An online crafting zine that I’m fond of always provides suggested entertainment to go along with its projects. These take the form of songs or movies or books that will get you into the right mind frame for your crafting experience.
Good morning, world. Is it raining where you are? It’s been raining here, and every ant in the tri-county area is taking refuge in my house, little six-legged bastards. And while they’re here, they’re helping themselves to anything they want in the kitchen. They launched a stunning siege last night for the remains left on one plate in the sink and I countered. They returned three hours later for the batter drippings on the underside on a mixing bowl left from the baking of Luke’s birthday cupcakes. We beat them back.
So a porpoise and a wallaby walk into a bar...
Just kidding. They actually walk into a ball of yarn. Or thirty.
Allow me to introduce the concept of a knit-along. A group of people come together over a particular pattern (or a yarn or a concept) and make sacred vows in the bonds of skeinly sisterhood to see it through together. Your comrade knitters can help you along with tricky bits of the pattern and spur your industrious knitting habits to keep your WIP (work in progress) from becoming the only UFO (unfinished object) in the group.
I just returned from Lambtown USA, a festival in nearby Dixon, CA celebrating sheep and sheep-related business. It’s a small fair – it costs all of a dollar to get in – and I went solo, which means I went with my iPhone and took pictures.
I like these little festivals. This is a small deal. A couple of buildings, a handful of food booths, a smattering of other miscellaneous vendors spread out on the grass, a lot of kids walking around sporting their 4H greens. This is a neighborhood thing.
I’m working on a fairy costume for Halloween. Sort of Renaissance-ish. White chemise, strapless crocheted corset (yes, really, and it’s a whole story in itself), flowered circlet, that sort of thing. I was describing the costume to a friend of mine who said, “I know exactly what you’re going for. Sounds like an Arthur Rackham fairy.”
“Oh, he was an illustrator. Drew a lot of fairies. Midsummer Night’s Dream, that sort of thing.”
Well, god bless google.
I made this little basket in a hurry before I went to Kirkwood for the weekend, with a vessel in mind to hold my knitting that had a handle like a bag and firm bottom.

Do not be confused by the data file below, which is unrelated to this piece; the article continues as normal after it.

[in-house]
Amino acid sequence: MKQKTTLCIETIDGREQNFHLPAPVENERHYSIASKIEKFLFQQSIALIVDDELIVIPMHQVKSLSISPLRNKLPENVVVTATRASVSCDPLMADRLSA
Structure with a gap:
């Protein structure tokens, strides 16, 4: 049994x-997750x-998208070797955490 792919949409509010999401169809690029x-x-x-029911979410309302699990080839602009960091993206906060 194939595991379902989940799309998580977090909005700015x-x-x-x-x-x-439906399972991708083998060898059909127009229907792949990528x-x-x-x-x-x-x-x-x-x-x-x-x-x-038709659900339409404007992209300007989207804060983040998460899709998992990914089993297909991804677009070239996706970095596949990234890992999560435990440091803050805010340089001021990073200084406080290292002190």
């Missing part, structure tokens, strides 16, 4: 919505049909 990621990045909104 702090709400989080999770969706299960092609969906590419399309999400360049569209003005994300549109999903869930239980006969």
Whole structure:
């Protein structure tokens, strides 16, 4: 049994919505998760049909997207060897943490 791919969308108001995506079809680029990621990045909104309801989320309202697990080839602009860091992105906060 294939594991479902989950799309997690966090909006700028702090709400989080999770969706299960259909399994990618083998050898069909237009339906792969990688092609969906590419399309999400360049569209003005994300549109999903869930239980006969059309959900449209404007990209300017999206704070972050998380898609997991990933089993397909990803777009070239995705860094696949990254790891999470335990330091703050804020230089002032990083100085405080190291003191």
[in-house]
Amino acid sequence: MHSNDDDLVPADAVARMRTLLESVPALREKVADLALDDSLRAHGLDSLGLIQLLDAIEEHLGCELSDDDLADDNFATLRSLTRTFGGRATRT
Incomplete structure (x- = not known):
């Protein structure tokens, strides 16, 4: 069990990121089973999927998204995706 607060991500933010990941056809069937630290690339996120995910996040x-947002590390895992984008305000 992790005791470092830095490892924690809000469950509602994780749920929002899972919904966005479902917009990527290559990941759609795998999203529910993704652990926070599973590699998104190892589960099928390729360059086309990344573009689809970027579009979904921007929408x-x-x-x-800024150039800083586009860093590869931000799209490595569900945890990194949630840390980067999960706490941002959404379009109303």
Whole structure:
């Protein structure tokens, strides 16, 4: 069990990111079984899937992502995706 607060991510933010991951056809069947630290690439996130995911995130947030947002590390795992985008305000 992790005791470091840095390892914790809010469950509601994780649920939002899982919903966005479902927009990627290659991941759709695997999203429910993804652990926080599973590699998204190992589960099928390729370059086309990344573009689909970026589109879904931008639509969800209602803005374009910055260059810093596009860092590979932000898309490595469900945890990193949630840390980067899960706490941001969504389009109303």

I looked at it last night and realized that someone out there might have found it an interesting project too, so here it is, with complimentary instructions. Or you can download it as a pdf.
Crocheted Acorn Basket
May I geek out about a pair of socks for a second? The new issue of Knitty was just posted and check out the heel on this sock pattern. As a good friend of mine frequently says, awesome possum. I am all over these socks. Of course I have two projects on the needles and another two waiting in the wings. Not to mention a corset to crochet before Halloween, and Christmas is right around corner.
Shawn and I both entered some of our craft into the county fair this year, so on Friday night we journeyed out to the fair grounds (all of two miles - long trip) to see how we did and enjoy a corn dog or two.
Of my three entries in the textile exhibition, I took two first place ribbons, one in the children’s costume category and the other in the crocheted sweater category:
Thursday morning. I’ve already reheated my tea once and it’s not 9:00 yet. “One Day More” is on repeat in the back of my head for reasons unknown. (Ania, I can see you shaking your head all the way from Virginia - I like that song.) My current audio book file crapped out on me in the middle of a tense scene so until I can get my hands on a hard copy, I’m in suspense (that’s a flaw in my freebee library system). There’s knitting all over my desk but I’m trying to get something useful done before I plunge my fingers into alpaca.
I forgot something. I know, real shocker, right? But this one surprised me. Maybe I have a little bit too much on my mind.
For example, I've got a lot of knitting going on. I'm generally a fairly monogamous knitter. I prefer to work up one project at a time. That's not to say that I don't have a precariously-built pyramid of yarn balls stacked on my desk that are in the queue, but on the needles? One. Maybe two if one doesn't travel well. That's it. I'm faithful.